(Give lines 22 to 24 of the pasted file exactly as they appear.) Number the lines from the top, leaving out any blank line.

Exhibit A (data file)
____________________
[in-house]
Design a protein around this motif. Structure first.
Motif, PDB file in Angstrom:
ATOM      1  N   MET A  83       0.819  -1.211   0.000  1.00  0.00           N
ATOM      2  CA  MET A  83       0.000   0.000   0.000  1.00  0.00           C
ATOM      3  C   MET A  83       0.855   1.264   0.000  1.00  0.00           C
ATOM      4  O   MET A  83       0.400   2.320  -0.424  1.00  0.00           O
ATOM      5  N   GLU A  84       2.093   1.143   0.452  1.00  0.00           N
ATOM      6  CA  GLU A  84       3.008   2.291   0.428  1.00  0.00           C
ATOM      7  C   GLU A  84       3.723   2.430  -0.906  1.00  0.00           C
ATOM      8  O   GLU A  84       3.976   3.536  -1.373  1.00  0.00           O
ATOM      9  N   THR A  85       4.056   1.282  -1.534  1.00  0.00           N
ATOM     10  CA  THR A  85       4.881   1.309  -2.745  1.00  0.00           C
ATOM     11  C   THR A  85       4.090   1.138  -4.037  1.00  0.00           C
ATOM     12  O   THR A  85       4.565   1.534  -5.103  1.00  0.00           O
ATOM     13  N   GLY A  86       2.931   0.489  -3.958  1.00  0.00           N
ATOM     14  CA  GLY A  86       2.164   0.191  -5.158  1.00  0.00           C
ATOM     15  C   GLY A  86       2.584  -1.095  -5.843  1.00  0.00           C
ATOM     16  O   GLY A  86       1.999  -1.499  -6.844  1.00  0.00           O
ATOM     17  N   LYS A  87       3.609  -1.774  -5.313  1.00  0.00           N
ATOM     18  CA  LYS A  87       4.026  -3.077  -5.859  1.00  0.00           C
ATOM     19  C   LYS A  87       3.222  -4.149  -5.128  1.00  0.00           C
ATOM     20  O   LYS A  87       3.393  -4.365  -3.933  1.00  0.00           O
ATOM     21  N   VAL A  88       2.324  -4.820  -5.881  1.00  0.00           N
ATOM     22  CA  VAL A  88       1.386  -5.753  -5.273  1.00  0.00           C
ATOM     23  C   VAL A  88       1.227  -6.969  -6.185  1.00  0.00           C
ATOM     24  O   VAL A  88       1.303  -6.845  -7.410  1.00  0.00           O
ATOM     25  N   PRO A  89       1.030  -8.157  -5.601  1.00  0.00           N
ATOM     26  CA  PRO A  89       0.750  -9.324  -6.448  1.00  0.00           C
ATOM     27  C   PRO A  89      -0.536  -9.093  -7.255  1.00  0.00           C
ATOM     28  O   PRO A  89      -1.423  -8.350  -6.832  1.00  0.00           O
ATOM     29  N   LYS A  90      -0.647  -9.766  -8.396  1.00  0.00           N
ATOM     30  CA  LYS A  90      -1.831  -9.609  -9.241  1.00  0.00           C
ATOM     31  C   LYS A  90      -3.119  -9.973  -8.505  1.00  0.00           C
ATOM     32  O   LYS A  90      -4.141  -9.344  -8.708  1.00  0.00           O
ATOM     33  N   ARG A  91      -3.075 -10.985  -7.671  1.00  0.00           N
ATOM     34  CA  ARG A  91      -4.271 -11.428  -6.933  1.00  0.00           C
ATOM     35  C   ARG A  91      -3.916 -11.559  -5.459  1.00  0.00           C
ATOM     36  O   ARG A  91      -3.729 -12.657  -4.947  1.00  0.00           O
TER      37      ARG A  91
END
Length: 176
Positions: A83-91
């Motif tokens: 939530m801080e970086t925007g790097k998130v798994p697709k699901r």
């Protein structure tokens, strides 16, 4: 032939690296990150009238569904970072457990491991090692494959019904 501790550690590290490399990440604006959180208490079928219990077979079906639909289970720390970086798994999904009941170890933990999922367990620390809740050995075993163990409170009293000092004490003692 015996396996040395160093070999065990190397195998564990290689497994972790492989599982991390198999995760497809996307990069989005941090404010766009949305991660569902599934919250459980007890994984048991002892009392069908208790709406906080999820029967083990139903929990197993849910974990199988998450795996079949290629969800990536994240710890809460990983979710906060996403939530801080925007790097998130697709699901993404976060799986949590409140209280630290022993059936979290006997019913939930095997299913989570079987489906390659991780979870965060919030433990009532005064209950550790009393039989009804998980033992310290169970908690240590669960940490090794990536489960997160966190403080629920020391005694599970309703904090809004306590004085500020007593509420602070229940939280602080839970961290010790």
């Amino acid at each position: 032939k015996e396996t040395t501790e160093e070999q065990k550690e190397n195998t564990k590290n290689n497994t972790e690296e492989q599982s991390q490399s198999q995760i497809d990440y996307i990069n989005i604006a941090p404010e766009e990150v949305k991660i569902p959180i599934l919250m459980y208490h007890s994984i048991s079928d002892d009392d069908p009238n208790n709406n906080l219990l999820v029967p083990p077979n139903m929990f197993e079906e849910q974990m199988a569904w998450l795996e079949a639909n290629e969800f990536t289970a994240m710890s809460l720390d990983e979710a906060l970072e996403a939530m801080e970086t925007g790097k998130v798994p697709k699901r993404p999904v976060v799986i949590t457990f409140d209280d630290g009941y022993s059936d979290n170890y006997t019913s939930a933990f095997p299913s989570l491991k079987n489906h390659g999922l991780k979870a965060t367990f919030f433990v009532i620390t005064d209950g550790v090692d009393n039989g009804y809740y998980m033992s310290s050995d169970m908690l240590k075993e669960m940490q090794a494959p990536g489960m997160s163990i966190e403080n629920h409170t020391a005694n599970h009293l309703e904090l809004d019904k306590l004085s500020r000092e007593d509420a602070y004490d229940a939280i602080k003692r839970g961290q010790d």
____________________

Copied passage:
ATOM     19  C   LYS A  87       3.222  -4.149  -5.128  1.00  0.00           C
ATOM     20  O   LYS A  87       3.393  -4.365  -3.933  1.00  0.00           O
ATOM     21  N   VAL A  88       2.324  -4.820  -5.881  1.00  0.00           N